Author: Fiona McIntosh
Voyager RRP $32.99
Review: Monique Mulligan

The Scrivener's TaleI tend not to read a lot of fantasy books, but after reading The Lavender Keeper and being captivated by Fiona McIntosh’s superb storytelling, I had to give The Scrivener’s Tale a go. I’m glad I did – I was soon transported from present-day Paris into medieval Morgravia and swept along with a fantastical adventure. Those familiar with McIntosh’s writing will recall Morgravia from The Quickening series; however, this novel is not a continuation of that series but a stand alone.

Following the loss of his wife and son, former psychologist Gabe Figaret is trying to put his shattered life back together. He buries himself in writing and the cafes and bookshops of Paris, keeping his guard up, lest anyone see the hurting man within. When he needs to he escapes to an imaginary cathedral in his mind – it’s a place he feels safe: “…his special, private, secure place where as a boy, he believed dragons kept him safe within.” While he admits it sounds strange, he has this strong sense that the cathedral contains “towering, mystical creatures of stone” that act as totems for the people who visit. It is to this “cathedral” as well as the real-life Notre Dame that he goes after another doctor and acquaintance asks him to help a delusional female patient. Gabe has tried to put his past as a psychologist behind him; he is reluctant to invite any reminder of the past into his life.

Meeting Angelina soon makes him change his mind. She convinces him that Reynaud is not what he seems and Gabe is drawn to help her escape the clutches of a seemingly overbearing man. But escape, she reveals, means killing her and fleeing to a place she calls Morgravia. Horrified, Gabe refuses, but when she shows him that his imaginary cathedral is real and exists in Morgravia, he starts to wonder. Before long, his world is turned upside down and he is caught up in magical events that threaten to spiral out of control.

Meanwhile, in Morgravia, Cassien, a gifted warrior of the Brotherhood, is given a secret brief. He must protect Queen Florentyna from an imminent magical threat – that of the demon, Cyricus, who wants to destroy the land. On the way he meets the orphaned Hamelyn, a young boy who also possesses magical gifts. As the demonic threat grows, Gabe, Cassien and Hamelyn become bound in the mission to stop Cyricus and save Morgravia; it’s as if destiny has called for the three to meet for this exact purpose. But will they succeed? And at what cost? And what does the cathedral have to do with it all?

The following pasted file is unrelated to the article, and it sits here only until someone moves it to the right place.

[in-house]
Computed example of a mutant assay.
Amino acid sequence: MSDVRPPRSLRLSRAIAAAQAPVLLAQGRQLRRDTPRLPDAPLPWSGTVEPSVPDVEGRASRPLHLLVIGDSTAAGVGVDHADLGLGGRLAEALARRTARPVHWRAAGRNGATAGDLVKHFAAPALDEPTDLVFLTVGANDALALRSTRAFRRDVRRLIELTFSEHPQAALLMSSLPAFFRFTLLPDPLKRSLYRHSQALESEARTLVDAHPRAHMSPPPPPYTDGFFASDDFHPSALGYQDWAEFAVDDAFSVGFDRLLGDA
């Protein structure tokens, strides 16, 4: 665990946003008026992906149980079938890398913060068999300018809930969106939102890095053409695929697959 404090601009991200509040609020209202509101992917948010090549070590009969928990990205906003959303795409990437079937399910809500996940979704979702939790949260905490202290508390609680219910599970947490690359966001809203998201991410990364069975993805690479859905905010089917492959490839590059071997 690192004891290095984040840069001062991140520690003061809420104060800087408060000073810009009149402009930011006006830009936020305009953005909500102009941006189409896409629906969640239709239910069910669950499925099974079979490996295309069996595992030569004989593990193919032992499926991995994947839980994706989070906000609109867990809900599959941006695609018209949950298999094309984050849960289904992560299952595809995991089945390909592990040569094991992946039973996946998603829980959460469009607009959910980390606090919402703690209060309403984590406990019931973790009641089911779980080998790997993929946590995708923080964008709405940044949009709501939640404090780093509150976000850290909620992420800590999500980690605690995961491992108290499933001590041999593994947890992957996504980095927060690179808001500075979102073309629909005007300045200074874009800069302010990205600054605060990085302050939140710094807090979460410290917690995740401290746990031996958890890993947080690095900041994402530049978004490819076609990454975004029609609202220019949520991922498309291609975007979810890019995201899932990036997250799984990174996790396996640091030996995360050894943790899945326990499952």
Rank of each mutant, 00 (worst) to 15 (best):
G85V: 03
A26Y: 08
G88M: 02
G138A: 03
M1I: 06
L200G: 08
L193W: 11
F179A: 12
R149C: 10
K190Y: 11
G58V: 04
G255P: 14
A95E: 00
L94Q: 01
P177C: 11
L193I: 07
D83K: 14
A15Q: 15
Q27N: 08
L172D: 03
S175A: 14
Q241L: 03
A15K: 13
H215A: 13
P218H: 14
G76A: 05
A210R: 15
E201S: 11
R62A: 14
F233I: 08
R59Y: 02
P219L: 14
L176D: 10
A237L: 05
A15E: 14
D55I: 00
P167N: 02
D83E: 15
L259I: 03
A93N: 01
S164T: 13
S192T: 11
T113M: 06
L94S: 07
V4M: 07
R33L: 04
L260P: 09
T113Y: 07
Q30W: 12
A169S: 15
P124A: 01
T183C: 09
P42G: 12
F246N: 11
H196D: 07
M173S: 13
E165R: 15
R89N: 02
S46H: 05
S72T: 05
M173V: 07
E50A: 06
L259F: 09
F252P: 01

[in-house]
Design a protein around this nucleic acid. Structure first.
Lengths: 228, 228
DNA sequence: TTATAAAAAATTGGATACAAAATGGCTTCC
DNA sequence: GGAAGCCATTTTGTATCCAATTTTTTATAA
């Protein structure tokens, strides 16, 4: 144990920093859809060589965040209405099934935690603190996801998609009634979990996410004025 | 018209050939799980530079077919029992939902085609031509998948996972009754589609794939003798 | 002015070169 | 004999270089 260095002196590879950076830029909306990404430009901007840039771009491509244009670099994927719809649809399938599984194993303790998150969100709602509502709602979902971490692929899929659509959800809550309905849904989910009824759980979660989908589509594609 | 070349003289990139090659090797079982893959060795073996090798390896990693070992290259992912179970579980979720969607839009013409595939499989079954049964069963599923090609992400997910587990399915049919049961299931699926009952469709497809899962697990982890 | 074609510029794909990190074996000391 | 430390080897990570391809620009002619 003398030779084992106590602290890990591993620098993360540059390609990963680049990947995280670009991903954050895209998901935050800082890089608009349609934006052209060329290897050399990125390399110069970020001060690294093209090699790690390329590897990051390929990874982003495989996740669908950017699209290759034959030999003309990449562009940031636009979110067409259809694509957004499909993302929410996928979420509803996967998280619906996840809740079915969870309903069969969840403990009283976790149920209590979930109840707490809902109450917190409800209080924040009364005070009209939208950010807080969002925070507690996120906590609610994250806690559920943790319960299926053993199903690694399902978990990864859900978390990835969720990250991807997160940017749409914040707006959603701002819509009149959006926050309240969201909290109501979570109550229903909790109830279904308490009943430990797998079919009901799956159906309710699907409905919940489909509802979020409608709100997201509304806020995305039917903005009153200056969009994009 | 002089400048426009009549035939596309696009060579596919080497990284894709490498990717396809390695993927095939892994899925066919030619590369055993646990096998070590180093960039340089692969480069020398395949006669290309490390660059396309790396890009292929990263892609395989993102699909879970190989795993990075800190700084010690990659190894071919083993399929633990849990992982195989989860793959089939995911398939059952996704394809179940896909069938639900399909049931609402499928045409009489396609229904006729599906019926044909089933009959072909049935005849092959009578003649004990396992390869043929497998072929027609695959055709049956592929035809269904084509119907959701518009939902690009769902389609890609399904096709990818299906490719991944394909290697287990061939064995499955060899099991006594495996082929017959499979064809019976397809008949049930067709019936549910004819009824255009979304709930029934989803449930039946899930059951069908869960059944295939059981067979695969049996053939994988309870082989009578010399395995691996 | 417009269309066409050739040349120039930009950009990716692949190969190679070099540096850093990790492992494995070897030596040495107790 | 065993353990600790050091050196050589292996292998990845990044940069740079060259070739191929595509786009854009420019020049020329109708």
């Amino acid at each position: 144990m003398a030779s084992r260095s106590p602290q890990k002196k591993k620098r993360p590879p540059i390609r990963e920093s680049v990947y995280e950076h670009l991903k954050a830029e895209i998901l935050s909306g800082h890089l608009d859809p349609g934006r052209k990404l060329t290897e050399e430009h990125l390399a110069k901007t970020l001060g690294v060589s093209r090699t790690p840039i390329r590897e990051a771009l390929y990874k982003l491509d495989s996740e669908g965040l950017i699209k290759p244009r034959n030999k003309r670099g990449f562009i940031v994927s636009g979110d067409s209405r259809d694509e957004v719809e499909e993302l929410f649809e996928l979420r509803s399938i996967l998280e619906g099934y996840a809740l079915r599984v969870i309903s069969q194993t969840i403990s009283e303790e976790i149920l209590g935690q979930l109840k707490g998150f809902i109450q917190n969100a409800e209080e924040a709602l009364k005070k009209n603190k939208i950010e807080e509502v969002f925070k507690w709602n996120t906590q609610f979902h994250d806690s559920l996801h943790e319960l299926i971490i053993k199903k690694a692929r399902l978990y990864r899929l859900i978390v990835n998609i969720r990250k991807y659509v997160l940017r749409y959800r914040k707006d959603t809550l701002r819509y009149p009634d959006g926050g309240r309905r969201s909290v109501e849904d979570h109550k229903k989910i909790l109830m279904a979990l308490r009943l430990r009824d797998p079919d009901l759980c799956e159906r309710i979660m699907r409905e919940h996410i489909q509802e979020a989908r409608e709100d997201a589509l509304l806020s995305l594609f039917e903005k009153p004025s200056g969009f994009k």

With prophecies, dragons, evil stepmothers, quests, demons, warriors, curses and kingdoms, The Scrivener’s Tale ticks all the boxes for epic fantasy. It’s an extraordinary read set in a vivid and well-constructed realm, with some terrific, strong characters propelling a somewhat complex storyline through to its conclusion. I had no trouble getting caught up in this world and hoping that good would prevail. I also enjoyed the romantic thread throughout the action (though the match I had in mind did not eventuate).

Character-wise, I particularly liked Cassien, Florentyna, Hamelyn and Fynch’s characters, though I did feel that Hamelyn was a little underdeveloped (perhaps there is room for him in a spin-off?). Florentyna was a wonderful character – I admired her strength, spirit and dignity, all beautifully befitting a Queen. As for Gabe, despite the early insight into his character, he remained in the background for a large part of the story, so I didn’t feel as if I got to know him as well. And the demons, Cyricus and his side-kick Aphra? As expected, they were vengeful, bitter, evil and well … demonic. McIntosh made it easy for me to be on the good side (not that I wouldn’t be anyway).

I really enjoyed reading The Scrivener’s Tale.; it was fun, imaginative, romantic and almost unputdownable once the action started. It’s one of those books that on the one hand you don’t want to end, but on the other hand, you do because the action has you in such a state that you just want to know that everything works out okay. (Or is that just me?) I’m pleased to say I did not skip to the ending just to end the suspense and calm my nerves.

If you love epic fantasy, read this and let yourself become part of the story. Available from good bookstores. This copy was courtesy of Harper Collins.

Bookish treat: A glass of warm mead to keep you warm when travelling in time.




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